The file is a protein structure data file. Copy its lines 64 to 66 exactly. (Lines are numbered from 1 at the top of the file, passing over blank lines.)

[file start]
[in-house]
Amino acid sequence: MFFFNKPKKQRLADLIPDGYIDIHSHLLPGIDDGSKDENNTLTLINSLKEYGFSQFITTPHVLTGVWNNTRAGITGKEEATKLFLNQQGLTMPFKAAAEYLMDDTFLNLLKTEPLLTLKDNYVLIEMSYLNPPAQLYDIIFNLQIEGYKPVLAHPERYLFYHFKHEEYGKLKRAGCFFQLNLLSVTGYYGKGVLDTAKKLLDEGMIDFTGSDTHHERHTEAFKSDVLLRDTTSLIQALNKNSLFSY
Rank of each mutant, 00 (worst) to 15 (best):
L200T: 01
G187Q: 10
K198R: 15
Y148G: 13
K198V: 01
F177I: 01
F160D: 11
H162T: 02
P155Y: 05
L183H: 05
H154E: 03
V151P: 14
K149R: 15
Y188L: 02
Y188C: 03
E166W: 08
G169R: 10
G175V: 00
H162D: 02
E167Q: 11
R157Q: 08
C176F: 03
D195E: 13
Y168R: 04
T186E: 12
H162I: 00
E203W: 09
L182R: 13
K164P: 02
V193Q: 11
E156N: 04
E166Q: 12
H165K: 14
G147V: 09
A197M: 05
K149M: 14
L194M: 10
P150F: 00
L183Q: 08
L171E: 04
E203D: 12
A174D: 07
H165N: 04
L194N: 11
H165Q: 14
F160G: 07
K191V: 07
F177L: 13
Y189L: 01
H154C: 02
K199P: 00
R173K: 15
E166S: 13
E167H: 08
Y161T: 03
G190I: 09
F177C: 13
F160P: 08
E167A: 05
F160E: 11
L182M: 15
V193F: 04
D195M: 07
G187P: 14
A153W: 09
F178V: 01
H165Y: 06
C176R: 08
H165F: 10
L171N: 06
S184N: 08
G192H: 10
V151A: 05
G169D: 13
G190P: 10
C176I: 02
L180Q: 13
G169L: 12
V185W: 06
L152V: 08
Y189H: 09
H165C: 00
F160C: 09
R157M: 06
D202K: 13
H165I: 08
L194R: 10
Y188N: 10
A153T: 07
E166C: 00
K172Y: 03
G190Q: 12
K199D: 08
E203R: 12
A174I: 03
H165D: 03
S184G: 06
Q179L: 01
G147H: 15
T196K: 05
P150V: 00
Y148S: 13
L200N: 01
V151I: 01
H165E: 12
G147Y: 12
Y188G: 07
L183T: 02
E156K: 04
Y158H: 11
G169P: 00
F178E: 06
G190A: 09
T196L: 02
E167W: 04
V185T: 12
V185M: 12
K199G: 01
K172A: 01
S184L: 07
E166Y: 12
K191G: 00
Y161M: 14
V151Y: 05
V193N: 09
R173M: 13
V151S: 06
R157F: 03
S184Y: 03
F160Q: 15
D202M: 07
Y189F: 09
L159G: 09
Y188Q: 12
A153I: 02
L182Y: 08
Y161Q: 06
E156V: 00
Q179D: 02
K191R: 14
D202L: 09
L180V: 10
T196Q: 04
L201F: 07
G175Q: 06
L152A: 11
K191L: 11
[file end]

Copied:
L182M: 15
V193F: 04
D195M: 07